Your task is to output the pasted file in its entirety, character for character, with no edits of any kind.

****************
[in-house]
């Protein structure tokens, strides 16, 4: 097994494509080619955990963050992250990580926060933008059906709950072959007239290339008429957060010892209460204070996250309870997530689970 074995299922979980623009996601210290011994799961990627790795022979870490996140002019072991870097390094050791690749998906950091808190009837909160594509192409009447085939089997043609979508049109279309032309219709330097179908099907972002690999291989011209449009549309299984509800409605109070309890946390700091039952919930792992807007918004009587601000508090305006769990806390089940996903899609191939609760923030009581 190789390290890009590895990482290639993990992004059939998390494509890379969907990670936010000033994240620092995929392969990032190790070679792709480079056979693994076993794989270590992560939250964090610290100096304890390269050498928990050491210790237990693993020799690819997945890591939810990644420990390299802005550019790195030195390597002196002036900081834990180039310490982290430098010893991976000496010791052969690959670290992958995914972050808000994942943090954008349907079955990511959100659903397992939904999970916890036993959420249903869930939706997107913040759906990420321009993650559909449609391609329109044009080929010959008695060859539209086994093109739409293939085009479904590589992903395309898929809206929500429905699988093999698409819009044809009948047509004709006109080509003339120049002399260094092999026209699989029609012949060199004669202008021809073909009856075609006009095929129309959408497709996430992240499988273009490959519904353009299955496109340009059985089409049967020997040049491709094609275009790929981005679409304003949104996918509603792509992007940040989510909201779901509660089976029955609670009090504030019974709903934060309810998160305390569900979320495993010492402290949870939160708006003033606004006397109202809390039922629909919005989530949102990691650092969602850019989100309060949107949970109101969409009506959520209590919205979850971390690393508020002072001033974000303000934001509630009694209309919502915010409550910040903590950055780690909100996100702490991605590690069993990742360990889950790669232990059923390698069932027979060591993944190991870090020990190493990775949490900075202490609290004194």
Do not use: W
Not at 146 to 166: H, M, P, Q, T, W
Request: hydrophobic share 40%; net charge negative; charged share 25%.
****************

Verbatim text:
[in-house]
């Protein structure tokens, strides 16, 4: 097994494509080619955990963050992250990580926060933008059906709950072959007239290339008429957060010892209460204070996250309870997530689970 074995299922979980623009996601210290011994799961990627790795022979870490996140002019072991870097390094050791690749998906950091808190009837909160594509192409009447085939089997043609979508049109279309032309219709330097179908099907972002690999291989011209449009549309299984509800409605109070309890946390700091039952919930792992807007918004009587601000508090305006769990806390089940996903899609191939609760923030009581 190789390290890009590895990482290639993990992004059939998390494509890379969907990670936010000033994240620092995929392969990032190790070679792709480079056979693994076993794989270590992560939250964090610290100096304890390269050498928990050491210790237990693993020799690819997945890591939810990644420990390299802005550019790195030195390597002196002036900081834990180039310490982290430098010893991976000496010791052969690959670290992958995914972050808000994942943090954008349907079955990511959100659903397992939904999970916890036993959420249903869930939706997107913040759906990420321009993650559909449609391609329109044009080929010959008695060859539209086994093109739409293939085009479904590589992903395309898929809206929500429905699988093999698409819009044809009948047509004709006109080509003339120049002399260094092999026209699989029609012949060199004669202008021809073909009856075609006009095929129309959408497709996430992240499988273009490959519904353009299955496109340009059985089409049967020997040049491709094609275009790929981005679409304003949104996918509603792509992007940040989510909201779901509660089976029955609670009090504030019974709903934060309810998160305390569900979320495993010492402290949870939160708006003033606004006397109202809390039922629909919005989530949102990691650092969602850019989100309060949107949970109101969409009506959520209590919205979850971390690393508020002072001033974000303000934001509630009694209309919502915010409550910040903590950055780690909100996100702490991605590690069993990742360990889950790669232990059923390698069932027979060591993944190991870090020990190493990775949490900075202490609290004194």
Do not use: W
Not at 146 to 166: H, M, P, Q, T, W
Request: hydrophobic share 40%; net charge negative; charged share 25%.